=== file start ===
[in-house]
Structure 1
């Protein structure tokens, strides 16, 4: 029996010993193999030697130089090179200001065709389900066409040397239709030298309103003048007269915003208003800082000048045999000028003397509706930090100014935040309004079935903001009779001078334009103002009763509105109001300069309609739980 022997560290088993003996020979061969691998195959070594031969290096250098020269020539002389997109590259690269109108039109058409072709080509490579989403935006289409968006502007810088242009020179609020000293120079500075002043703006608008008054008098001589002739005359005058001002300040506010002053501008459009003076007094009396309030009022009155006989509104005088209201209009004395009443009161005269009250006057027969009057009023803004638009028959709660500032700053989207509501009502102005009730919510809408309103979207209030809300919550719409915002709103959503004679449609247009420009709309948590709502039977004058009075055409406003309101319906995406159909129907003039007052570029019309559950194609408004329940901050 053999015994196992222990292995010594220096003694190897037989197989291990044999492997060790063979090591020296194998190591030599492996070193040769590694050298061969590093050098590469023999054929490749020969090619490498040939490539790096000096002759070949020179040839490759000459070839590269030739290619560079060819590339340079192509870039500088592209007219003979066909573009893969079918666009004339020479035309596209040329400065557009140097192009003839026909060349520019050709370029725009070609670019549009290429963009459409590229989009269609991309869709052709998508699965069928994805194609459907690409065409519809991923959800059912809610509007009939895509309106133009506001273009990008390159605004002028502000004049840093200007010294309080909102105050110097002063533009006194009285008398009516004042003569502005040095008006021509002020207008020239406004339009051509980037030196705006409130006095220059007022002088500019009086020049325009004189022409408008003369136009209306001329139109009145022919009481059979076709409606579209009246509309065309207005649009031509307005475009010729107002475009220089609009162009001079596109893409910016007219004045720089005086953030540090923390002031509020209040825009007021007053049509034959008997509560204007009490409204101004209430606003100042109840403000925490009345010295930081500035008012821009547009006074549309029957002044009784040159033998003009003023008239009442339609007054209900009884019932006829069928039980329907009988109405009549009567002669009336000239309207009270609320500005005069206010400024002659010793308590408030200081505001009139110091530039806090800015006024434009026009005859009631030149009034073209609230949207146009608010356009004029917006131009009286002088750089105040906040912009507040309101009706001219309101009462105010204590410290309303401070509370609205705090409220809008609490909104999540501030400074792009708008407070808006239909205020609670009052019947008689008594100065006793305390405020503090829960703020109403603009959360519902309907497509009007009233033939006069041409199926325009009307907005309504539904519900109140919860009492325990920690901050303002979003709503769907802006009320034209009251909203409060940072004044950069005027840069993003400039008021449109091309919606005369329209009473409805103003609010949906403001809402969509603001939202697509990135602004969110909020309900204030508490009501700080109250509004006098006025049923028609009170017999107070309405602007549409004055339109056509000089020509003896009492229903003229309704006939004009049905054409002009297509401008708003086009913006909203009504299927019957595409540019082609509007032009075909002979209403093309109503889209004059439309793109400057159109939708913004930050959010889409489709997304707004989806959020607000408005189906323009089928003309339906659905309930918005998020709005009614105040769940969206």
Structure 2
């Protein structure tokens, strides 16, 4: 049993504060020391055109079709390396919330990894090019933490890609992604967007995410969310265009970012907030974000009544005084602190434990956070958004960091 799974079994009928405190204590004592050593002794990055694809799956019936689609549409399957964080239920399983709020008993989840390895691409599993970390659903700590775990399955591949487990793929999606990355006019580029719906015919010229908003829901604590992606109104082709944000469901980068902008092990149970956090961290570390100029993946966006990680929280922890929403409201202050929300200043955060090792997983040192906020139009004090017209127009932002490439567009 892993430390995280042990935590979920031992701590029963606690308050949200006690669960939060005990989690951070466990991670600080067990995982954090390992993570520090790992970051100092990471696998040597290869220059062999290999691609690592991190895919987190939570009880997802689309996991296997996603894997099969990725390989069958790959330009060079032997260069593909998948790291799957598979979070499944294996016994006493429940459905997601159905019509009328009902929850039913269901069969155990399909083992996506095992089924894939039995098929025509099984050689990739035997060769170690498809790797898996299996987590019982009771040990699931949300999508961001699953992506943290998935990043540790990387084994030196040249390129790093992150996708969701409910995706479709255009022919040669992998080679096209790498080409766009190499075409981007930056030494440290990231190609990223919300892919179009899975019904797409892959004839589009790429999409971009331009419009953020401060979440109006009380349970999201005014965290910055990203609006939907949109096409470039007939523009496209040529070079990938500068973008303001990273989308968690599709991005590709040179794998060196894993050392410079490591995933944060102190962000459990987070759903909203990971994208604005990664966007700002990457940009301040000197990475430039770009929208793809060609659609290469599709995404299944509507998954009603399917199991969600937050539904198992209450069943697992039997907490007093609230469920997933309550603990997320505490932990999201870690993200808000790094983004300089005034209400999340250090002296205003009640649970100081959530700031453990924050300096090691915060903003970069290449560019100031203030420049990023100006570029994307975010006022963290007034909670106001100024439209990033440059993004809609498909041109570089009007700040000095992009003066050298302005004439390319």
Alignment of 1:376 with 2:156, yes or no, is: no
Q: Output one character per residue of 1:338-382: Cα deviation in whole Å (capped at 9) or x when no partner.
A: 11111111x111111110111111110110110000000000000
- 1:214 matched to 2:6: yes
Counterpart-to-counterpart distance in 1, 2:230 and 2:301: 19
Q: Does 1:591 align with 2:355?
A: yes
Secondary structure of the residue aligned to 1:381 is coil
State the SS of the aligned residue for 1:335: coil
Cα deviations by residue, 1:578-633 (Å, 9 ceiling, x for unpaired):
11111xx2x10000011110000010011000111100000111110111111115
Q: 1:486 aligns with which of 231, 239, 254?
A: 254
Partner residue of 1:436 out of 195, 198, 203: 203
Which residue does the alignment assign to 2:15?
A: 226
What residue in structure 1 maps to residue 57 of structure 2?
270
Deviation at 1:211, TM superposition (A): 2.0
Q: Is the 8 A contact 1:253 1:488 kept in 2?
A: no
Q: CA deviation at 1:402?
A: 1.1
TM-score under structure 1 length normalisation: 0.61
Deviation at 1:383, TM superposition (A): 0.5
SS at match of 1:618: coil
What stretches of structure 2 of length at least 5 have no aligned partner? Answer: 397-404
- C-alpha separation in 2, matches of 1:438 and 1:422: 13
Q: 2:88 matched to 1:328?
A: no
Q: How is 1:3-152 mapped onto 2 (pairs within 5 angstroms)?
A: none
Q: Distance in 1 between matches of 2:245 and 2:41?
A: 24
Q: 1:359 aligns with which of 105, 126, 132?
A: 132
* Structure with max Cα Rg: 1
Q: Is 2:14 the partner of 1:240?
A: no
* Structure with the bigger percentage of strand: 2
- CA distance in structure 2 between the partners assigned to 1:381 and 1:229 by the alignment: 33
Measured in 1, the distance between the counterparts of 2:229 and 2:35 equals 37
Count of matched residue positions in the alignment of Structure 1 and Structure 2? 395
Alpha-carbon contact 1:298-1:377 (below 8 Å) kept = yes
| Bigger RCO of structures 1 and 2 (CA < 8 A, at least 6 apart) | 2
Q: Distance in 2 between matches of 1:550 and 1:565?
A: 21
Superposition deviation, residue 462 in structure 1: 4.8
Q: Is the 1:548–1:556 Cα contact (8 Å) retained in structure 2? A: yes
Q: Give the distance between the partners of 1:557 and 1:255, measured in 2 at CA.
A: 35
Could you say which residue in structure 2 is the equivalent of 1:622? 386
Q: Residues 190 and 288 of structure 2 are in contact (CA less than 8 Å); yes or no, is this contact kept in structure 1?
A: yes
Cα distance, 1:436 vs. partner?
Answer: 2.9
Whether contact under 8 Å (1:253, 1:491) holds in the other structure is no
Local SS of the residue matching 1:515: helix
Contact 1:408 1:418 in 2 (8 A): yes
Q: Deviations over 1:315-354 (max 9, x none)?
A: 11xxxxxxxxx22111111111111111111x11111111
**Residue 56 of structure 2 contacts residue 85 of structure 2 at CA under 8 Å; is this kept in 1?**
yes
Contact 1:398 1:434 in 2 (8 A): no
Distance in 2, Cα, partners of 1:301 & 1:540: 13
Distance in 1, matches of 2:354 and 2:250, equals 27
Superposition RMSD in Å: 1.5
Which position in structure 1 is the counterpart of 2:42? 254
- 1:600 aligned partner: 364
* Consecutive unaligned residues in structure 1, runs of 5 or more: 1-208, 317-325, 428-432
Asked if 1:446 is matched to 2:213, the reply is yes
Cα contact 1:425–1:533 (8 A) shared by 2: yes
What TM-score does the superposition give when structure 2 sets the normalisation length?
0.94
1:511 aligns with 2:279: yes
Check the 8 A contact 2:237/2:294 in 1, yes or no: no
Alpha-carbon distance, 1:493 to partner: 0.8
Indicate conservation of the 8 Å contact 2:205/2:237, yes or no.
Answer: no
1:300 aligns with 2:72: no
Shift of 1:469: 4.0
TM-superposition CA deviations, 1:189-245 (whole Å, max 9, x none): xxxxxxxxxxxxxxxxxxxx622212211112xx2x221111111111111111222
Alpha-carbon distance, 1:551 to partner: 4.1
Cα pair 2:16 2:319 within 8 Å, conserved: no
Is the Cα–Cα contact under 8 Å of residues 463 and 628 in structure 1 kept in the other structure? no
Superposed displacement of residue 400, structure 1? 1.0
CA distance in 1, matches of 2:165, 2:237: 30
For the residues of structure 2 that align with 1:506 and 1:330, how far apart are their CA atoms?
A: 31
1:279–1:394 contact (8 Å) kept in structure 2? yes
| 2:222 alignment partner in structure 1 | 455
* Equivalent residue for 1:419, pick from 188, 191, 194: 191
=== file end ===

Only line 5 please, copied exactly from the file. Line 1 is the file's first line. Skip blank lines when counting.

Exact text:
């Protein structure tokens, strides 16, 4: 049993504060020391055109079709390396919330990894090019933490890609992604967007995410969310265009970012907030974000009544005084602190434990956070958004960091 799974079994009928405190204590004592050593002794990055694809799956019936689609549409399957964080239920399983709020008993989840390895691409599993970390659903700590775990399955591949487990793929999606990355006019580029719906015919010229908003829901604590992606109104082709944000469901980068902008092990149970956090961290570390100029993946966006990680929280922890929403409201202050929300200043955060090792997983040192906020139009004090017209127009932002490439567009 892993430390995280042990935590979920031992701590029963606690308050949200006690669960939060005990989690951070466990991670600080067990995982954090390992993570520090790992970051100092990471696998040597290869220059062999290999691609690592991190895919987190939570009880997802689309996991296997996603894997099969990725390989069958790959330009060079032997260069593909998948790291799957598979979070499944294996016994006493429940459905997601159905019509009328009902929850039913269901069969155990399909083992996506095992089924894939039995098929025509099984050689990739035997060769170690498809790797898996299996987590019982009771040990699931949300999508961001699953992506943290998935990043540790990387084994030196040249390129790093992150996708969701409910995706479709255009022919040669992998080679096209790498080409766009190499075409981007930056030494440290990231190609990223919300892919179009899975019904797409892959004839589009790429999409971009331009419009953020401060979440109006009380349970999201005014965290910055990203609006939907949109096409470039007939523009496209040529070079990938500068973008303001990273989308968690599709991005590709040179794998060196894993050392410079490591995933944060102190962000459990987070759903909203990971994208604005990664966007700002990457940009301040000197990475430039770009929208793809060609659609290469599709995404299944509507998954009603399917199991969600937050539904198992209450069943697992039997907490007093609230469920997933309550603990997320505490932990999201870690993200808000790094983004300089005034209400999340250090002296205003009640649970100081959530700031453990924050300096090691915060903003970069290449560019100031203030420049990023100006570029994307975010006022963290007034909670106001100024439209990033440059993004809609498909041109570089009007700040000095992009003066050298302005004439390319």